Visual, Auditory, Kinesthetic and Tactile Teaching Adds Nothing to Teaching Reading


    Do not think about, write about or deal with  human behavior without determining the effects of incentives. It’s not their money, of course they’ll waste it.

    The following was provided by Charles Hughes, acknowledgment below. It relates to the widespread and widely recommended multi-sensory teaching techniques. There is no evidence these methods work. Still, they are used and recommended. Curious.

The following excerpt is from the International Dyslexia Association’s current "Fact Sheet" found on their website.  The IDA used to be called the Orton Society.  In this excerpt, and at a recent annual conference, the IDA is for the first time in their history, explicitly saying there is little or no research that supports the contribution of VAKT in their reading program.  While this is somewhat disturbing after stating for decades that the multisensory component of the OG method is a major contributor to its success, I also applaud them for "fessing up."


    VAKT refers to Visual, Auditory, Kinesthetic and Tactile teaching methods used simultaneously–the so called multisensory approach.

Cut and pasted from the "Fact Sheet"

Is there solid evidence that multisensory teaching is effective for students with dyslexia?

Current research, much of it supported by the National Institute of Child Health and Human Development (NICHD), has demonstrated the value of explicit, structured language teaching for all students, especially those with dyslexia.

Programs that work differ in their techniques but have many principles in common. The multisensory principle that is so valued by experienced clinicians has not yet been isolated in controlled, comparison studies of reading instruction, but most programs that work do include multisensory practice for symbol learning. Instructional approaches that are effective use direct, explicit teaching of letter sound relationships, syllable patterns, and meaningful word parts, and provide a great deal of successful practice of skills that have been taught. Fluency-building exercises, vocabulary instruction, language comprehension and writing are also included in comprehensive programs of instruction and intervention. Word recognition and spelling skills are applied in meaningful reading and writing of sentences and text passages, and students receive immediate feedback if they make mistakes.

    Since there is little published evidence that the O-G programs are effective, an alternative response may be to enquire why multisensory is a  recommended component in a program for any particular child, and what  evidence the clinician has for increased effectiveness when multisensory elements are added to a systematic explicit phonics program such as Reading Mastery.

    Is it important that instruction is multisensory? The question has not been answered by research as yet, and for evidence-based practitioners this  constitutes a red flag until the answer arrives.

    Apart from multisensory making sense intuitively, and often being attached to the term systematic, synthetic phonics, there is a lack of studies that confirm any value in adding kinaesthetic or tactile cues to the obviously necessary auditory and visual components of VAKT (visual, auditory, kinaesthetic, tactile).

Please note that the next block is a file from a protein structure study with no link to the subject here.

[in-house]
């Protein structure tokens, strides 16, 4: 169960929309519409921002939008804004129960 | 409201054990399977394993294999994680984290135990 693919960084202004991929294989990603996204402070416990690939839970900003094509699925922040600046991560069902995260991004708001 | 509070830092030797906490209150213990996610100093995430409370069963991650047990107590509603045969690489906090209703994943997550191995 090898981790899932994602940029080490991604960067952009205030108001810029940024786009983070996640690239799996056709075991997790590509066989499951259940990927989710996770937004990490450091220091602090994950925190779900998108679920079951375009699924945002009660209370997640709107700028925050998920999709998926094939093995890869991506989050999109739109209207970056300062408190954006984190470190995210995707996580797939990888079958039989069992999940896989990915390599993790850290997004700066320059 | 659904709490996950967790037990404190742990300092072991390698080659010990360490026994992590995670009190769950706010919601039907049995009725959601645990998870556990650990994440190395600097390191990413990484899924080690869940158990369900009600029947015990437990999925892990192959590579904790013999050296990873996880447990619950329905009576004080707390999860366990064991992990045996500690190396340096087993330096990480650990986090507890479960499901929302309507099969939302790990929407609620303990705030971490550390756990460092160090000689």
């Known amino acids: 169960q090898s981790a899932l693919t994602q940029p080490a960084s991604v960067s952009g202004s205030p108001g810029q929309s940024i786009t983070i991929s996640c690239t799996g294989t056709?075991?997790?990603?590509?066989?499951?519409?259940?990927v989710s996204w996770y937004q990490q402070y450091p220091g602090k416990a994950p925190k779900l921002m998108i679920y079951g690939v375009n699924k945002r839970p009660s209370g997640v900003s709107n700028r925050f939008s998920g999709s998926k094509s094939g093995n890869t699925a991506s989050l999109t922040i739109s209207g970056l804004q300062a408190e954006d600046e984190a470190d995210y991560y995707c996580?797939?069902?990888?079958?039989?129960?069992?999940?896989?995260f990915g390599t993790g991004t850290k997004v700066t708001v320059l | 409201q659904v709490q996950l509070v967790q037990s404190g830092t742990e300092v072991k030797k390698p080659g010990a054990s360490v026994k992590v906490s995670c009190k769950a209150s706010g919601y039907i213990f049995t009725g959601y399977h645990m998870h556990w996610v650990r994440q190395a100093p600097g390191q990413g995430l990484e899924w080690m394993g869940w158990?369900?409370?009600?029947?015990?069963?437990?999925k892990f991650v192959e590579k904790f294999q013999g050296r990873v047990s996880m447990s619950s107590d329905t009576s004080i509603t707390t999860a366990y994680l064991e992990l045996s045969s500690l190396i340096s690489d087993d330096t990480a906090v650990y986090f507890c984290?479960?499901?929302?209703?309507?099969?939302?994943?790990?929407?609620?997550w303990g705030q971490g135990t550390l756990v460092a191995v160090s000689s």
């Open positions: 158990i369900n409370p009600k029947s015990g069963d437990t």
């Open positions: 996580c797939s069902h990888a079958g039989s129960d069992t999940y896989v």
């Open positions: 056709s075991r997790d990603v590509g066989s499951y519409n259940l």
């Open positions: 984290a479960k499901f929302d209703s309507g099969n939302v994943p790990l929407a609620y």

Multisensory methods are most associated with the original Orton-Gillingham   method, though they go back further to Fernald and Keller who wrote in 1921  " … lip and hand kinaesthetic elements seem to be the essential link  between the visual cue and the various associations which give it word   meaning. … Even the associations between the spoken and printed word seem not to be fixed without the kinaesthetic links" (p.376). There have been  many variations on the approach developed by Orton-Gillingham. Some of the   modified Orton-Gillingham multisensory methods written by former Orton     students are The Slingerland Method, The Spalding Method, Project Read, Alphabetic Phonics, The Herman Method, and The Wilson Method.

    Advocates for multisensory teaching believe that sending a message via several modalities increases learning more than is achieved by engaging  fewer modalities. For example, a student finger taps the sounds while  saying the sounds, and then spells them. Also air-writing is used to teach  non-phonetic words. The student air writes and while saying the letter  names. Then, the student writes and says letter names while writing. If a  student is learning blending, the student touches blocks inscribed with  each relevant letter, says the sounds, and then blends them.  Birsch  (2005)  notes the absence of research studies of the efficacy of multisensory  teaching. Her view is that there are sufficient practitioners endorsing the value of the multisensory component for it to be retained at present. Others may be more firmly wedded to evidence-based practice, and elect for     scepticism until sufficient supportive evidence is available.

    Birsh, J. R. (Ed.). 2005. Multisensory teaching of basic language skills (2nd ed.). Baltimore, MD: Paul H. Brookes.

Charles Hughes
Professor of Special Education
Penn State University


    No evidence for it, but widely used. That’s education in a nutshell.

Government Job or Respect–Which’ll It Be?
Cheerio and ttfn,
Grant Coulson, Ph.D.
Author, “Days of Songs and Mirrors: A Jacobite in the ‘45.
Cui Bono–Cherchez les Contingencies


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